Matty Alou, one of baseball’s best hitters in the 1960s and ’70s, had one of his most productive seasons of his 15-year big-league career with the Cardinals.
Alou died Nov. 3, 2011, at age 72. Most of his obituaries focused on his years with his first major-league team, the Giants, and his time with the Pirates, with whom he won a National League batting crown, hitting .342 in 1966.
Often overlooked is Alou’s splendid 1971 season with the Cardinals. Alou had career highs of 74 RBI and seven home runs with the 1971 Cardinals and hit .315 in 149 games.
A left-handed batter, Alou was adept at hitting the ball to all fields.
“Matty and Stan Musial handle the bat better than anyone I’ve ever seen,” Cardinals hitting coach Ken Boyer told The Sporting News in August 1971. “Like Stan, Matty has a great level swing, and, like Stan, he can handle just about any kind of pitch.
“Alou uses bats of at least 10 different weights,” Boyer said. “He studies the pitchers and the defense as well as anybody because he’s always looking for some way to beat you.”
The Cardinals acquired Alou and pitcher George Brunet from the Pirates for pitcher Nelson Briles and outfielder Vic Davalillo on Jan. 29, 1971.
In announcing the deal, Cardinals general manager Bing Devine said he and manager Red Schoendienst agreed Alou, 33, would bat leadoff and play center field. Left fielder Lou Brock would move from the leadoff spot to bat No. 3 in the order and second baseman Ted Sizemore, acquired from the Dodgers, would bat between Alou and Brock.
“Guys like Alou and Sizemore make things happen,” Devine said to The Sporting News. “They ought to help make the Cardinals a much more exciting team.”
Alou said his goal was to hit .335 for the 1971 Cardinals. “I like to hit in St. Louis. It’s a good park for hitters. The ball comes off the AstroTurf good and the ground in front of the plate is hard.”
The Cardinals batted Alou, Sizemore and Brock in the top three spots of the order for the first 14 games of the 1971 season and went 8-6.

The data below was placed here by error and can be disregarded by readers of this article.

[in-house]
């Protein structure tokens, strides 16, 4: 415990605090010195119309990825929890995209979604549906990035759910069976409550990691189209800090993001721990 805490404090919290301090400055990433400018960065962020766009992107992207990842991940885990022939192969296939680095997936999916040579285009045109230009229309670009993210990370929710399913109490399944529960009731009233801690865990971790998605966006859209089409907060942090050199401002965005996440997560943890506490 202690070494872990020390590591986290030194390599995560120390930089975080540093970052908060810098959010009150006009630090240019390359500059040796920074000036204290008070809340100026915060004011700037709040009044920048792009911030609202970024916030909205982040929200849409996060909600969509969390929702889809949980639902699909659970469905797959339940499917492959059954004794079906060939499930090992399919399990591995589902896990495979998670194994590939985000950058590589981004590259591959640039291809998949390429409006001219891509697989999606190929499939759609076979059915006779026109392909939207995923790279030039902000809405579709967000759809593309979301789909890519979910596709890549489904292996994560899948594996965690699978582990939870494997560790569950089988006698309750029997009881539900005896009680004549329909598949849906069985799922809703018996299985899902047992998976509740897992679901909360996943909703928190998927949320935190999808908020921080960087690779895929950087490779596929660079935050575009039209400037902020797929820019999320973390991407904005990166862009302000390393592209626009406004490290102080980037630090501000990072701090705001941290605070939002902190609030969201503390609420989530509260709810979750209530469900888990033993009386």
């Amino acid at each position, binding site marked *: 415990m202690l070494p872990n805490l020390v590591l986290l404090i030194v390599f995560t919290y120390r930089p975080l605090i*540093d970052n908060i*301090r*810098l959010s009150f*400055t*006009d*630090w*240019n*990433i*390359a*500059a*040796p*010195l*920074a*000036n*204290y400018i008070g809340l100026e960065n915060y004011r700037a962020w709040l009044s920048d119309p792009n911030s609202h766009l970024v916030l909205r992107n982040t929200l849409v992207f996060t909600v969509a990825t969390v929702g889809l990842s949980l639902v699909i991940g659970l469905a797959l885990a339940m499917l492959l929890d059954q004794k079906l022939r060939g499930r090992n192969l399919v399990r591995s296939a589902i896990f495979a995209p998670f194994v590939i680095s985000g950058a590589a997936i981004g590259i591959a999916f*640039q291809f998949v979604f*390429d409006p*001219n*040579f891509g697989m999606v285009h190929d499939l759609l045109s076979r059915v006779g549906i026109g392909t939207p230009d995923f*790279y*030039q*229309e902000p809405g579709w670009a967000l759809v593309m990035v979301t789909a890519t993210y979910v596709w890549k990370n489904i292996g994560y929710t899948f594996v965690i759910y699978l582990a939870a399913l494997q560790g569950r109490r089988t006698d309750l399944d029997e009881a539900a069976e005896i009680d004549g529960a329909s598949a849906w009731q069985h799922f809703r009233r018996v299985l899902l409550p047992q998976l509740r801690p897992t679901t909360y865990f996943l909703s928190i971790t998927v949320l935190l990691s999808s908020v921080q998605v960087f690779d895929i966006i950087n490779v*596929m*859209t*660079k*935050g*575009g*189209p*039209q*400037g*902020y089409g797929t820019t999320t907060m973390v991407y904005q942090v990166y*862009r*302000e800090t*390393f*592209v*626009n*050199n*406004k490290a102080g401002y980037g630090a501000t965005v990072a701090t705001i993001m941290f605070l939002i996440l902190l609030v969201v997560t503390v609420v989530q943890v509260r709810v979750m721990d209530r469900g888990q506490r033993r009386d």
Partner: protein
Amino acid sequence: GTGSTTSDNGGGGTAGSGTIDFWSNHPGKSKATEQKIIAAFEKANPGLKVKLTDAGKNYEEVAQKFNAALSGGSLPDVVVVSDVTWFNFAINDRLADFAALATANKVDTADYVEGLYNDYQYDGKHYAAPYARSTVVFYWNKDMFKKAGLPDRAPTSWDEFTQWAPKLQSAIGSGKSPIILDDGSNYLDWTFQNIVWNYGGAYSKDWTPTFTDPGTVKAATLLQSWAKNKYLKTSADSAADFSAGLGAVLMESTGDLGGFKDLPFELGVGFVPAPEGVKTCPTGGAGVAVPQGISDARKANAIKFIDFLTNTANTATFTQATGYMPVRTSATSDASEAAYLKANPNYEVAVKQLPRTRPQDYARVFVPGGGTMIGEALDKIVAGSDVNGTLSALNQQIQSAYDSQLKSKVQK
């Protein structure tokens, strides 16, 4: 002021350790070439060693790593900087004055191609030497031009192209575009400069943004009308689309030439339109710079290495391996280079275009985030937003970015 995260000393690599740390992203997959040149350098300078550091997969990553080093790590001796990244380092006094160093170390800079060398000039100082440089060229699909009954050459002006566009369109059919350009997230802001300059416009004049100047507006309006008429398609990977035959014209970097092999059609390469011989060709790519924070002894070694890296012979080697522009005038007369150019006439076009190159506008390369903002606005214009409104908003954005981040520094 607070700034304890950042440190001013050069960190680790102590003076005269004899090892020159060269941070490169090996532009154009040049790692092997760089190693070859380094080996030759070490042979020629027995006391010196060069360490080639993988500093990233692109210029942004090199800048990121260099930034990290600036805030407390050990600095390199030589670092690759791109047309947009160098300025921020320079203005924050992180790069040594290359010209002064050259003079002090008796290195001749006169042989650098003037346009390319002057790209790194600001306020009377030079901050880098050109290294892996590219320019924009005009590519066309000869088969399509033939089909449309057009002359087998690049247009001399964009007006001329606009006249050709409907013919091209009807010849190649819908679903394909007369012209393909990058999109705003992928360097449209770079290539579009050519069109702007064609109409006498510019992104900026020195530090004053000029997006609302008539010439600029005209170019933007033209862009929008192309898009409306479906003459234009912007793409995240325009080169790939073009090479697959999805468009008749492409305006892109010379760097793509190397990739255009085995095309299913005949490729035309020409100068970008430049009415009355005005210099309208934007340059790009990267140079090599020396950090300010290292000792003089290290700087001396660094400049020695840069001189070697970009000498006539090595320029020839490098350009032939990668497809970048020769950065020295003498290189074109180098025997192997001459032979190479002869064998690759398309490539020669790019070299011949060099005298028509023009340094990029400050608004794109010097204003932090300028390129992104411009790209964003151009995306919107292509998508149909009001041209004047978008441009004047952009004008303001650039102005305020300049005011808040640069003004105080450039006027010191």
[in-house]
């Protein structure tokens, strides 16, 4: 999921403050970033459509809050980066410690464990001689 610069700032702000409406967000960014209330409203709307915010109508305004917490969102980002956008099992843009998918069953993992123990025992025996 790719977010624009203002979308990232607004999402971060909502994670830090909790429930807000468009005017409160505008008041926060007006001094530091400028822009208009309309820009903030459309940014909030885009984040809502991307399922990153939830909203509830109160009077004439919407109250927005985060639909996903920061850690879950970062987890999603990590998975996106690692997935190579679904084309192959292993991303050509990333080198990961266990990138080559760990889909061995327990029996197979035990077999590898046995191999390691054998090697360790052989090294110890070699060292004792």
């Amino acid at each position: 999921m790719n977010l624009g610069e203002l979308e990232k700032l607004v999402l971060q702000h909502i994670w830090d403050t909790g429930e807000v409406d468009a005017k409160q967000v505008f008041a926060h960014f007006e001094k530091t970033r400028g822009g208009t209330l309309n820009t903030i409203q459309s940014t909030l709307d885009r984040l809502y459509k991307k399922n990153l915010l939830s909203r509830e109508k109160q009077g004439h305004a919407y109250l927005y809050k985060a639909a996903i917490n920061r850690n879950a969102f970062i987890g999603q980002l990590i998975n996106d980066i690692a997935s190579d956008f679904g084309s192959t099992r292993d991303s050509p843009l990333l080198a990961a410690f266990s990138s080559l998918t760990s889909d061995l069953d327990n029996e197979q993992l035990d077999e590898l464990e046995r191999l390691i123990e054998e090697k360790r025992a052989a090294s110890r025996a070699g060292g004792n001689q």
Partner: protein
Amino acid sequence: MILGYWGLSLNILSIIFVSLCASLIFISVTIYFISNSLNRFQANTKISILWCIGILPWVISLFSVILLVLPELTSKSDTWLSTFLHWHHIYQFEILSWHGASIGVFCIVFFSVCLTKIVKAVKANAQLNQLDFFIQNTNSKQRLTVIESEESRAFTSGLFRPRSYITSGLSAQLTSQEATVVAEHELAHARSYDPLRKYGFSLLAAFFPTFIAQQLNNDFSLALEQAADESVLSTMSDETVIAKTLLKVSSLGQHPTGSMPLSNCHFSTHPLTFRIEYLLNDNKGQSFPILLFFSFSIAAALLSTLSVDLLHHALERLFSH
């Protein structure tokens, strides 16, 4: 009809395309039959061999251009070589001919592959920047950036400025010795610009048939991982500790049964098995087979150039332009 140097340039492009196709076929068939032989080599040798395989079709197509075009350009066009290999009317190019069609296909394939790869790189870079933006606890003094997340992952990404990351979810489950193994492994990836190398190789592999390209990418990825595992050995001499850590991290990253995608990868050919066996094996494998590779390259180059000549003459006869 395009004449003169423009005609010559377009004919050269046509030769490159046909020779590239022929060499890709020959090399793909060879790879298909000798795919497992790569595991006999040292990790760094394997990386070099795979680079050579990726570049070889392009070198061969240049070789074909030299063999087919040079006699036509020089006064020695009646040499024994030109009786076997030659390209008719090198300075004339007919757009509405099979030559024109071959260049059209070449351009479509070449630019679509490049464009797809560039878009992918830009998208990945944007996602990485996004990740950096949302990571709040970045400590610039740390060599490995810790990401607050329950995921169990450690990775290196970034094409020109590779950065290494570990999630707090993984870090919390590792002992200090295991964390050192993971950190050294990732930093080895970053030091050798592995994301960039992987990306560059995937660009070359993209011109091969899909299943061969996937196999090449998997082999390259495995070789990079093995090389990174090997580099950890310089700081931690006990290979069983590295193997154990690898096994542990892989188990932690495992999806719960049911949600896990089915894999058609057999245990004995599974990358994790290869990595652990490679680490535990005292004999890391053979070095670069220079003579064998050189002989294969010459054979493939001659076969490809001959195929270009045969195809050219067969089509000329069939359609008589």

Then Schoendienst returned Brock to the leadoff spot and moved Alou to the No. 2 position. But Alou was a free swinger and Brock’s ability to steal bases was comprimised when Alou would foul off or hit, rather than take, pitches.
It was when Schoendienst moved Sizemore to No. 2 in the batting order and Alou to No. 3 that the Cardinals’ offense clicked. Asked to explain why he had so many more RBI with the Cardinals than he had with the Pirates, Alou said to The Sporting News, “It makes a lot of difference hitting behind Lou Brock instead of (Pirates catcher) Jerry May and the pitcher.”
Alou hit .332 in 78 games from the No. 2 spot and .294 in 46 games from the No. 3 position.
Though he began the 1971 season as St. Louis’ center fielder, Alou moved to right field after Jose Cardenal was traded to the Brewers, and then took over first base for Joe Hague when the Cardinals inserted Luis Melendez as the right fielder.
Alou hit .313 in 73 games as the center fielder, .364 in 20 games as the right fielder and .305 in 58 games as the first baseman.
In 1972, Alou played first base and right field for the Cardinals and hit .314 in 108 games. But Alou, 5 feet 9, wasn’t an ideal first baseman. The Cardinals wanted to move Joe Torre from third base to first base. Out of contention for a postseason spot, the Cardinals traded Alou to the Athletics on Aug. 27, 1972, for outfielder Bill Voss and a minor leaguer.
Speaking to reporters about how he enjoyed his time with the Cardinals, Alou called Schoendienst the “best man I ever played for. He kept everybody loose.”
Alou was reacquired by the Cardinals for the stretch run on Sept. 6, 1973, in a cash deal with the Yankees. He hit .273 in 11 games. After the season, the Cardinals sold his contract to the Padres.
Alou’s career statistics as a Cardinal: .314 batting average, 322 hits in 268 games, 30 stolen bases.
Matty Alou and his brothers Felipe and Jesus all were big-league outfielders. Asked in October 1971 who was the best ballplayer of the three, Felipe told The Sporting News, “I have the most ability. Matty is the best hitter. He has more guts and confidence than Jesus (Alou) and I put together. But Jesus is the most professional of all three.”